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1994 Proceedings
North American Conference on Savannas and Barrens


Charles A. Ruedebusch, Graduate Student
Dennis W. Nyberg, Associate Professor
Department of Biological Sciences
University of Illinois at Chicago
Chicago, IL  60607-7060

Living in the Edge: 1994 Midwest Oak Savanna Conferences

Community classification can be based on the species present in an area, on the abundance of species, or on the structure of the vegetation. Because structure tells much about how the vital resource of light is utilized, methods such as the UNESCO formation classification system place structure at a higher level than species presence (Barbour et al. 1987). Forests, woodlands, savannas, and grasslands are viewed as a progression from little light reaching a person's head to almost all light reaching that level. This structure is usually defined by percent cover by trees. However, operational definitions of cover are difficult to apply and we have chosen to measure structure with estimates of the density of members of various vegetation classes and/or the basal area of woody vegetation at breast height.

Typically, savannas are distinguished from woodlands and forests by being dominated by graminoid vegetation rather than trees. Implicit in this statement is the suggestion that graminoid vegetation is rare in forests. We sought to explore the relationship between the density and basal area of trees and the density of grasses and composites in five preserved areas of northeastern Illinois. We found a strong negative relationship between the basal area and the density of both grasses and composites.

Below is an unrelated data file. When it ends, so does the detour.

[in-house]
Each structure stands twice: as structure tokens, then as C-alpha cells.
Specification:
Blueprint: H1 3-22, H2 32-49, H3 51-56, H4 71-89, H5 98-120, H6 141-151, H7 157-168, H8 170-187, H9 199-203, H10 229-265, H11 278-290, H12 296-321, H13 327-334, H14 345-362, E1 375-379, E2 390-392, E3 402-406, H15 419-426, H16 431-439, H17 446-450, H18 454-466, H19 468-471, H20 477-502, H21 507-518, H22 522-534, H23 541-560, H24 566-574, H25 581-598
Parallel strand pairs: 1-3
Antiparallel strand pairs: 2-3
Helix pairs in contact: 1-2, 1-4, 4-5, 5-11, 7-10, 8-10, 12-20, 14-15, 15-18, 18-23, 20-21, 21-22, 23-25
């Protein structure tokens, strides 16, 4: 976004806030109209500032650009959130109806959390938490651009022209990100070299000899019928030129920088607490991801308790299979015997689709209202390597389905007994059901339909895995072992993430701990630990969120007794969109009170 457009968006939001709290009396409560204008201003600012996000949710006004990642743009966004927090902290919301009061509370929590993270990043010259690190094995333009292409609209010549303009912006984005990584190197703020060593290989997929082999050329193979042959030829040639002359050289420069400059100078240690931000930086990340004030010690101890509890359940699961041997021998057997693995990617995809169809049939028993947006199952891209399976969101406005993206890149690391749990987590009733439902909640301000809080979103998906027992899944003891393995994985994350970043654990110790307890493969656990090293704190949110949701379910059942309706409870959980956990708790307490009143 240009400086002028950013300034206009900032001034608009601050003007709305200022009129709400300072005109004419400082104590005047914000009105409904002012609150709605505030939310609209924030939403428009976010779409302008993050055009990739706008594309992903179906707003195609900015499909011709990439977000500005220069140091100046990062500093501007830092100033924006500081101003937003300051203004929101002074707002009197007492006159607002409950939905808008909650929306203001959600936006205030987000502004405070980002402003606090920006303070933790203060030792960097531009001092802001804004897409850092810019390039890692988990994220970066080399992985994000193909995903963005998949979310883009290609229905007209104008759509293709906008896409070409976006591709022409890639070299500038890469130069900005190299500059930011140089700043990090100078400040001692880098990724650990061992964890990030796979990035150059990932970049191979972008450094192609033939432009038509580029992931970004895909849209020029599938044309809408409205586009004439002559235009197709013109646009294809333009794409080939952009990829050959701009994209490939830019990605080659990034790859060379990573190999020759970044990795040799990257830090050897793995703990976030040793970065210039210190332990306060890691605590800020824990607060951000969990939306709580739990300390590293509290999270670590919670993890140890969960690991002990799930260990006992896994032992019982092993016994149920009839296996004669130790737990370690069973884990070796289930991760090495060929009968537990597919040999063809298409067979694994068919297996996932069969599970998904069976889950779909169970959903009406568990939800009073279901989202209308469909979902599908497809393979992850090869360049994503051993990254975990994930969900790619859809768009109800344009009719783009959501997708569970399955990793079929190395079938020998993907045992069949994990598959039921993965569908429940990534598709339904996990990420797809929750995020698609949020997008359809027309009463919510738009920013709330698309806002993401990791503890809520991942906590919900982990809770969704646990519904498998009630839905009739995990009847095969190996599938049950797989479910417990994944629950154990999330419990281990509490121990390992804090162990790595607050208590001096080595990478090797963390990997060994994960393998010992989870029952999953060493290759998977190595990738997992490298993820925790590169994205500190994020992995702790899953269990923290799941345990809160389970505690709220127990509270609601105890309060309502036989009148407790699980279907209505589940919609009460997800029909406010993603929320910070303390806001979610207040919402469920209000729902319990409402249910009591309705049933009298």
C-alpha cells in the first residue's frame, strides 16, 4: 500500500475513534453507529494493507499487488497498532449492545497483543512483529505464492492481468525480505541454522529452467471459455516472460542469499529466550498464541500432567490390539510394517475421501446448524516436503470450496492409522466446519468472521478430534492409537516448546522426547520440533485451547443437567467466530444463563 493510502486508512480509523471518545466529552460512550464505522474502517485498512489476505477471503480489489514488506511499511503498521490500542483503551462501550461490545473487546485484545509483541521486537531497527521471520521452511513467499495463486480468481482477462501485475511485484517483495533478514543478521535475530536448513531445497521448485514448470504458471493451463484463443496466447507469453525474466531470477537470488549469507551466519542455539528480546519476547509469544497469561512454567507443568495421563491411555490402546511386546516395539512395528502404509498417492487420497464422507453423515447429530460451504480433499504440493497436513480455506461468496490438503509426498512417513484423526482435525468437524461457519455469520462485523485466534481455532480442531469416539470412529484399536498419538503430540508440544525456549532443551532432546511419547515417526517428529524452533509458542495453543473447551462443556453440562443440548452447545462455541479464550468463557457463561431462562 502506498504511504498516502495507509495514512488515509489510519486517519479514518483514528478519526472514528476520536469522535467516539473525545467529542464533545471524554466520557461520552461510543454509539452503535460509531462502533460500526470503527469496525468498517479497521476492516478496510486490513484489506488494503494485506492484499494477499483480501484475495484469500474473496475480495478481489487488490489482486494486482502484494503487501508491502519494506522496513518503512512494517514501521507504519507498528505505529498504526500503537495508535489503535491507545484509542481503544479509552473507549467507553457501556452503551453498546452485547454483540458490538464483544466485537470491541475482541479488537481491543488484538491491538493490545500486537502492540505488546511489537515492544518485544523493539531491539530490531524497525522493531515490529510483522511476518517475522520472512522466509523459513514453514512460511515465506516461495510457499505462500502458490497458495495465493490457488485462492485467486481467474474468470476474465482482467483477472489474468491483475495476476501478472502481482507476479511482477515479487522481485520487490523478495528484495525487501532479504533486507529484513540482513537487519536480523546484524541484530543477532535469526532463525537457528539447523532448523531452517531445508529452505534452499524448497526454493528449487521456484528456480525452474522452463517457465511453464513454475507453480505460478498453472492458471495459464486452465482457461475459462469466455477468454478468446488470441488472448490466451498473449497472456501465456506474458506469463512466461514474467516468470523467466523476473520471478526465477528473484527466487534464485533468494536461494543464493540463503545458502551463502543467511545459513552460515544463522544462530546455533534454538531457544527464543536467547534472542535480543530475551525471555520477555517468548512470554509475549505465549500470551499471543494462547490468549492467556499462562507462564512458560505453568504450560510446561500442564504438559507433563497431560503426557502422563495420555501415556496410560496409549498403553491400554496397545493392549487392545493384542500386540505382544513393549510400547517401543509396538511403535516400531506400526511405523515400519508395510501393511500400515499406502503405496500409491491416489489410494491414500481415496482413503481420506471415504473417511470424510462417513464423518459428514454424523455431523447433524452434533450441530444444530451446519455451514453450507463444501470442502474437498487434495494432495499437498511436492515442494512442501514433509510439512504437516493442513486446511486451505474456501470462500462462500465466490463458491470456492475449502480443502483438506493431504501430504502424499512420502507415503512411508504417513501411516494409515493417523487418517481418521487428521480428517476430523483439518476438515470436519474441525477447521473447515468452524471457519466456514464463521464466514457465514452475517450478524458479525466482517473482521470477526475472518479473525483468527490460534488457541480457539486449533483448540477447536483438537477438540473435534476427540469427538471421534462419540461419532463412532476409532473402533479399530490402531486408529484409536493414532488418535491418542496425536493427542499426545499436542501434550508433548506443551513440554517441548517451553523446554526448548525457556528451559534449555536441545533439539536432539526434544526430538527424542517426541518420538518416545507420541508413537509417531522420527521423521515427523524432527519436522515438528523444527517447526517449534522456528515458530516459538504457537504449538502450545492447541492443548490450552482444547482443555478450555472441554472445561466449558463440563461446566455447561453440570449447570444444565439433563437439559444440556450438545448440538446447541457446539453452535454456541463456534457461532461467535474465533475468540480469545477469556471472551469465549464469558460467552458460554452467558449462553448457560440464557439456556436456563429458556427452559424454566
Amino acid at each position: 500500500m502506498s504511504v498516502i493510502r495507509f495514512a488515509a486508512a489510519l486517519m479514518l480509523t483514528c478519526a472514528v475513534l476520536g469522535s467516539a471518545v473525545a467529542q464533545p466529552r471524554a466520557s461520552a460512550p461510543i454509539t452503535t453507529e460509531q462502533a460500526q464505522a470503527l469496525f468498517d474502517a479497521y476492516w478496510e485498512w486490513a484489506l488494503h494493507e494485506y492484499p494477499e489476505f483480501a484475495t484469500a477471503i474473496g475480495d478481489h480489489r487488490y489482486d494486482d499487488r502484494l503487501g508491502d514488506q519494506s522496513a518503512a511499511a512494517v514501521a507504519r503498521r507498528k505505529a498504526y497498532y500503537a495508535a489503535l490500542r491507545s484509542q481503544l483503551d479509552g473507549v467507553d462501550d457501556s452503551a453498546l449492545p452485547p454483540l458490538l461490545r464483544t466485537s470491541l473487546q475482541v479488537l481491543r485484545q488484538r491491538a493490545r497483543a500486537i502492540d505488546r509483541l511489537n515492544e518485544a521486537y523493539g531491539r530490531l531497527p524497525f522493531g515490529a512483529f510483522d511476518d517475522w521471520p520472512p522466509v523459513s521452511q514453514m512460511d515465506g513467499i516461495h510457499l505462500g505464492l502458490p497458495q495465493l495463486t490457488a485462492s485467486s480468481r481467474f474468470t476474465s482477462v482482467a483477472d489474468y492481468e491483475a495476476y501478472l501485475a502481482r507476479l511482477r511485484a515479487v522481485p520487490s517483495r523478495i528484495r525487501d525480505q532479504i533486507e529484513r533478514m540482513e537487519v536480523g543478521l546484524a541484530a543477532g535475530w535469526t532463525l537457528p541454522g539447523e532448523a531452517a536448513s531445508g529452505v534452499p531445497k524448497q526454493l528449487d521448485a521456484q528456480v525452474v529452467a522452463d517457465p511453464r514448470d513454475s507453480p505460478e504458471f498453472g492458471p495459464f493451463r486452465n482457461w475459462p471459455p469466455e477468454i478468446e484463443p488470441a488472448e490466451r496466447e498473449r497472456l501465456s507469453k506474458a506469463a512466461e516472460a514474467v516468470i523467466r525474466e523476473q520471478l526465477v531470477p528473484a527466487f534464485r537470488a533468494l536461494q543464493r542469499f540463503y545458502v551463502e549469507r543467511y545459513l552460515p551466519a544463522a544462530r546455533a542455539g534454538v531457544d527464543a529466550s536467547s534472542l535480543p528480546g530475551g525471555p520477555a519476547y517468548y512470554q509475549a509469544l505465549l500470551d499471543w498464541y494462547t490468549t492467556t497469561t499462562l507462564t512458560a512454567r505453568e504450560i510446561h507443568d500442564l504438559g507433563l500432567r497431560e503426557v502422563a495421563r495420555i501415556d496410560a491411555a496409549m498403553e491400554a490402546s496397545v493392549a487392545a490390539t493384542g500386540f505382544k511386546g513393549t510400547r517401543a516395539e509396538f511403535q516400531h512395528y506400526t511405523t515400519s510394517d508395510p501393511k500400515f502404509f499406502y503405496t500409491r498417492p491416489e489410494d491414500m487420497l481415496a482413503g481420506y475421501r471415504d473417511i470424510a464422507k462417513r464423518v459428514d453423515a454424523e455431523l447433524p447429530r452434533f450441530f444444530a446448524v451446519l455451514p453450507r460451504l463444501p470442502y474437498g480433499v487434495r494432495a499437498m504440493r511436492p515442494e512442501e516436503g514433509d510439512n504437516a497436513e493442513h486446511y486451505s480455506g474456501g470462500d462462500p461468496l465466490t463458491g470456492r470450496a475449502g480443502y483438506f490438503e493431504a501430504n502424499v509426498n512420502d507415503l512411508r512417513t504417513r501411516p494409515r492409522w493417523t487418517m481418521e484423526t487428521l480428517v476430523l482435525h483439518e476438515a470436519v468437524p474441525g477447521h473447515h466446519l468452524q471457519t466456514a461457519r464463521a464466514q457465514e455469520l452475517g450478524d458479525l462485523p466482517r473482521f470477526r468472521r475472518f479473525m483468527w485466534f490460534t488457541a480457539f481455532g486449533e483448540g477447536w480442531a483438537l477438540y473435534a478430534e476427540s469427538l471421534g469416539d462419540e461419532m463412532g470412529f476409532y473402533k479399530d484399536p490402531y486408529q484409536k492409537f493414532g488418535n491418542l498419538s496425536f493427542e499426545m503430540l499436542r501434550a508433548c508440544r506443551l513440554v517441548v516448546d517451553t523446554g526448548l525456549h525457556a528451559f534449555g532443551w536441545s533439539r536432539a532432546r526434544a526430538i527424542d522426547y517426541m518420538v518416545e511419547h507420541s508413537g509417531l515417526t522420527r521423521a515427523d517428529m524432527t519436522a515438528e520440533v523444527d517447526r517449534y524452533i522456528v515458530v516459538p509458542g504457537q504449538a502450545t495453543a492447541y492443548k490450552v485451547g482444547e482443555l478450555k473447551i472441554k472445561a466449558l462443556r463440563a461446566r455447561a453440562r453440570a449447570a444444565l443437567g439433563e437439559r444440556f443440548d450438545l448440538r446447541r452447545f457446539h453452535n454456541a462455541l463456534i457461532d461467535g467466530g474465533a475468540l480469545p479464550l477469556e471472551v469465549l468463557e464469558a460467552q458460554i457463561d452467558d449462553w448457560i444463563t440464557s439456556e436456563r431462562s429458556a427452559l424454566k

We wrote to a number of individuals requesting their opinions concerning the best representatives of savannas in northeastern Illinois. The Iroquois County Conservation area and its neighboring Hooper Branch Savanna, and the Middlefork Savanna in Lake County received the greatest number of recommendations. G.A.R. Woods in western Cook County was chosen as a floodplain forest along the Des Plaines River. Both McClaughry Springs Woods and Tinley Creek Woods are in southwest Cook County on the Valparaiso moraine. The latter two sites have large oaks (which have been suggested to identify savanna) and were being studied for possible inclusion in the Illinois Nature Preserve system.

Measurements were taken in September or October 1992 by students in a graduate seminar. The initial positions were 50 m or more from the nearest road. The elevation change within the transect was greatest at Tinley, followed by Hooper, Middlefork, McClaughry, and least at G.A.R.